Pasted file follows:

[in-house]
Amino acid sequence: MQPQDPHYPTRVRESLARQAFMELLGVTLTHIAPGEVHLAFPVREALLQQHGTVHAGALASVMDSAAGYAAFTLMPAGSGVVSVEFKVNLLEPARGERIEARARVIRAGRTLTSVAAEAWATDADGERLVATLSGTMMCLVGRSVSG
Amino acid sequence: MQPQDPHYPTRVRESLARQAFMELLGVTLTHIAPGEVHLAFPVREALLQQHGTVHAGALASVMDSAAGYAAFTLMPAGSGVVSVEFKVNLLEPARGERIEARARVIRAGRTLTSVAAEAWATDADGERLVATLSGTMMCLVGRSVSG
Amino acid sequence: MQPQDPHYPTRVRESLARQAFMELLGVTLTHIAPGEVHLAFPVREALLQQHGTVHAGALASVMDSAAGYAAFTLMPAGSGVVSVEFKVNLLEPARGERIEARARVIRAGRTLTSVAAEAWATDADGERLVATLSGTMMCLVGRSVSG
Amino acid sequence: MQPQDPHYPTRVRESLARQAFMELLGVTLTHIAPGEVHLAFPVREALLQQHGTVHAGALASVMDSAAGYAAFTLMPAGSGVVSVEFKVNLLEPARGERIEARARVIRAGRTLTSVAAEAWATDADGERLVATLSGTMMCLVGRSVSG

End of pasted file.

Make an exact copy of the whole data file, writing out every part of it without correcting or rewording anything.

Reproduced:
[in-house]
Amino acid sequence: MQPQDPHYPTRVRESLARQAFMELLGVTLTHIAPGEVHLAFPVREALLQQHGTVHAGALASVMDSAAGYAAFTLMPAGSGVVSVEFKVNLLEPARGERIEARARVIRAGRTLTSVAAEAWATDADGERLVATLSGTMMCLVGRSVSG
Amino acid sequence: MQPQDPHYPTRVRESLARQAFMELLGVTLTHIAPGEVHLAFPVREALLQQHGTVHAGALASVMDSAAGYAAFTLMPAGSGVVSVEFKVNLLEPARGERIEARARVIRAGRTLTSVAAEAWATDADGERLVATLSGTMMCLVGRSVSG
Amino acid sequence: MQPQDPHYPTRVRESLARQAFMELLGVTLTHIAPGEVHLAFPVREALLQQHGTVHAGALASVMDSAAGYAAFTLMPAGSGVVSVEFKVNLLEPARGERIEARARVIRAGRTLTSVAAEAWATDADGERLVATLSGTMMCLVGRSVSG
Amino acid sequence: MQPQDPHYPTRVRESLARQAFMELLGVTLTHIAPGEVHLAFPVREALLQQHGTVHAGALASVMDSAAGYAAFTLMPAGSGVVSVEFKVNLLEPARGERIEARARVIRAGRTLTSVAAEAWATDADGERLVATLSGTMMCLVGRSVSG